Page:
Before the 1870s, the Damara tribesmen lived primarily in Namibia’s central region. However, communal clashes and invasions by Nama and Herero forced many of them to flee their traditional home.
The arrival of the Europeans exacerbated the woes and customs. In their attempt to colonize Namibia, Europeans fought against anything that gave the indigenous people strength. Originally, the Damara were nomads, hunter-gatherers, and farmers. A small percentage of them work in mining and metal fabrication.
The Damara and “bushmen” of Namibia are the country’s oldest tribes. The Damara people’s customs are a hybrid of hunter-gatherer and pastoralism. But for the weak social structures, their culture would have been able to withstand the Europeans’ assault.
Against this backdrop, the Damara project was established to reconstruct the people’s cultural identity. The Damara Living Museum, located a few miles from Twyfelfontein, is the world’s first of its kind. At the Living Museum, tourists and visitors can learn about the people’s lost customs and traditions.
The Living Museum is a brilliant way to preserve traditional culture while also assisting communities in combating poverty and creating a network where people can exchange their culture. It has become a source of income for the Damara people, who profit from tourists who come to experience the culture firsthand.
The Damara are thought to have ties to the Bantu people and speak Khoisan. According to the Living Culture Foundation Namibia, they were the first to travel from the north to Namibia.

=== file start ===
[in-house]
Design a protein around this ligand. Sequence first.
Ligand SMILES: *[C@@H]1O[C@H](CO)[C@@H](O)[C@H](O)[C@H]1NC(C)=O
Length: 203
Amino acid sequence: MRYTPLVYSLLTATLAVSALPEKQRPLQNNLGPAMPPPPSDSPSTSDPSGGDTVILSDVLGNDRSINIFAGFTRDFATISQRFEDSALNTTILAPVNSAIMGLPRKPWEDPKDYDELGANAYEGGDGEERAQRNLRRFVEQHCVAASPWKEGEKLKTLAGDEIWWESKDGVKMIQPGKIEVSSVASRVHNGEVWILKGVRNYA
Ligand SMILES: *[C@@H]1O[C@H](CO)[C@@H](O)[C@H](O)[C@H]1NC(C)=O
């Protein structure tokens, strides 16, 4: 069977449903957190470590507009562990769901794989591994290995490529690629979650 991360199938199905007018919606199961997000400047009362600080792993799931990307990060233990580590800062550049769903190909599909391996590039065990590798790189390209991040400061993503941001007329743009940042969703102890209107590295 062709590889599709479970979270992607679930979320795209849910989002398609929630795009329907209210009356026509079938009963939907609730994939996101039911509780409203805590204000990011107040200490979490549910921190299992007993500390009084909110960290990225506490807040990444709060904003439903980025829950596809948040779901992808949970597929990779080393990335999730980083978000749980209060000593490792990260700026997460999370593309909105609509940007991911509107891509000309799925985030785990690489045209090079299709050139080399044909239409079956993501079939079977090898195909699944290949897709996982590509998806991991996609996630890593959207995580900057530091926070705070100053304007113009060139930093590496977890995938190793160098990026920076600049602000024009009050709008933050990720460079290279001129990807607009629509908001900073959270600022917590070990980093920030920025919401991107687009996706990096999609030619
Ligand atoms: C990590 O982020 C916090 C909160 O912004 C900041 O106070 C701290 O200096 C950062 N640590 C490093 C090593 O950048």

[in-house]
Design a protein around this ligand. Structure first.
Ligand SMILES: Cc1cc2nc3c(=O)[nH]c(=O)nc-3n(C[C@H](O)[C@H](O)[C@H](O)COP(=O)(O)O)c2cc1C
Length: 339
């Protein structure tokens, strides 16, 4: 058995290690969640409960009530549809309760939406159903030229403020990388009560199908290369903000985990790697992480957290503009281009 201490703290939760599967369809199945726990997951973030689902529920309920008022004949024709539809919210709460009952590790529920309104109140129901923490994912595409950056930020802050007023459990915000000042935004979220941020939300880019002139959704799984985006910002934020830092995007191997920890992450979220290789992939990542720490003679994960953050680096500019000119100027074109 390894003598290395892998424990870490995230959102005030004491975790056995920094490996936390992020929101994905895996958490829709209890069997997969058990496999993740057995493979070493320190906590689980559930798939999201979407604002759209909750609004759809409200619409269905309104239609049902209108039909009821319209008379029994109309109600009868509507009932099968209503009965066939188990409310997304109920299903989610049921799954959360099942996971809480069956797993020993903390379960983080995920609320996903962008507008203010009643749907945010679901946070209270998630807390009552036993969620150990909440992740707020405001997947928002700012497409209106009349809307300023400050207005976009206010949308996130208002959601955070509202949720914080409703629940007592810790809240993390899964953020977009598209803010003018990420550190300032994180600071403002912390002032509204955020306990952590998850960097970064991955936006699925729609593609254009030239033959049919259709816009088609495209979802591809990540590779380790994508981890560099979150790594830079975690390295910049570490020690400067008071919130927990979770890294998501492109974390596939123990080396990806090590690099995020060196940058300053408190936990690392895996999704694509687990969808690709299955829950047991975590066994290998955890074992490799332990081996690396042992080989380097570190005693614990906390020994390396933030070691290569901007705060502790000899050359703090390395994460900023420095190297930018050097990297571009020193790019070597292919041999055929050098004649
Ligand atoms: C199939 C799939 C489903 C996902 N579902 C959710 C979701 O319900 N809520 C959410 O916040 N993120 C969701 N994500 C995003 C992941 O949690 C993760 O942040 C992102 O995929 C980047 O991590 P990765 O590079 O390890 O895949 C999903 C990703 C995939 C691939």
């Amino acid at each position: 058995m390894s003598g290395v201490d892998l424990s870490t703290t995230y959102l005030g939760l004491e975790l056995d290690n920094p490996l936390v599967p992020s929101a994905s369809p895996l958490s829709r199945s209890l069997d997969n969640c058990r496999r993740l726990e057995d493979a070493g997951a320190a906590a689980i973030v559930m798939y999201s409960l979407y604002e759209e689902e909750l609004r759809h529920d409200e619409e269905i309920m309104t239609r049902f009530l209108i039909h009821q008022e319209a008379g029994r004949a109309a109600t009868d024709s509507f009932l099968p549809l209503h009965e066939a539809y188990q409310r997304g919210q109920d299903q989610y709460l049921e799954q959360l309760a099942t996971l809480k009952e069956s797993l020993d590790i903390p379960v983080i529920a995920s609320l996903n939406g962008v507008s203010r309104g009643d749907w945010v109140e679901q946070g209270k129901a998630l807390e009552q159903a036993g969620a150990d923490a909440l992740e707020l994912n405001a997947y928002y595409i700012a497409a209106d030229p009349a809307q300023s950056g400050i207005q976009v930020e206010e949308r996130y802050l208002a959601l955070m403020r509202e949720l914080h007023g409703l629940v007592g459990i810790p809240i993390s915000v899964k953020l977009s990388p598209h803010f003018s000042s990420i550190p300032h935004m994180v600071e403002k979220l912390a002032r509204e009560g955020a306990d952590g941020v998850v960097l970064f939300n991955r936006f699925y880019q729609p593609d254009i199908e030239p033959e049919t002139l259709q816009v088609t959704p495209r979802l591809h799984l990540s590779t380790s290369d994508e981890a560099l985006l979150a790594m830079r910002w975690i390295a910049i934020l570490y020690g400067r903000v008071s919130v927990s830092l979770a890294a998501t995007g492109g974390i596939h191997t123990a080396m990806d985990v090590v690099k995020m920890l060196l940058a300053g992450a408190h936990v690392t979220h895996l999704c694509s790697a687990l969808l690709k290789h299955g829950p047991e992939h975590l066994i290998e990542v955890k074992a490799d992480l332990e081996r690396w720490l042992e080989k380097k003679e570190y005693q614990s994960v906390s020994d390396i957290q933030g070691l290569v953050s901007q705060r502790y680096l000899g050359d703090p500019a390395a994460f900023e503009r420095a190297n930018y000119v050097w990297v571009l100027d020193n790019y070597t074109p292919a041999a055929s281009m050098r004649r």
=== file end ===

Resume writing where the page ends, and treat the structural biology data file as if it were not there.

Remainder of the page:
The Damara tribe accounts for 8.5 percent of Namibia’s population. They are known locally as Daman or Damaqua. The majority of them live in Namibia’s northwest regions. Apart from their ancestral connection with the Bantu people, the Damara tribe has no cultural exchange with any other tribe in Africa. They are a distinct group of individuals.
Some historians believe the Damara are descended from southwestern African hunter-gatherers. Despite the fact that the Damara culture is on the verge of extinction, the tribes that have survived can be divided into various clans. Each Damara tribe has its own chief, but they are all ruled by the same monarch.
Some Damara natives continue to live in their ancestral homes and pursue their traditional livelihoods of cattle herding and sheep farming. The Damara women are in charge of running the household and caring for the children, while the men hunt and tend to the livestock.
The only problem they have is that they were relocated in 1970 by the South African government to Damaraland, where the soil did not support good harvesting and the area experienced poor rainfall patterns.
They have since been impacted by rural-urban migration, which has forced many of the men to work in cities. Only one-quarter of the population remains in Damaraland.
In the 1980s, Damaraland established a local government unit to provide oversight. However, Damaraland, like many other traditional powerhouses in South West Africa, was deposed of its authority prior to independence in 1989.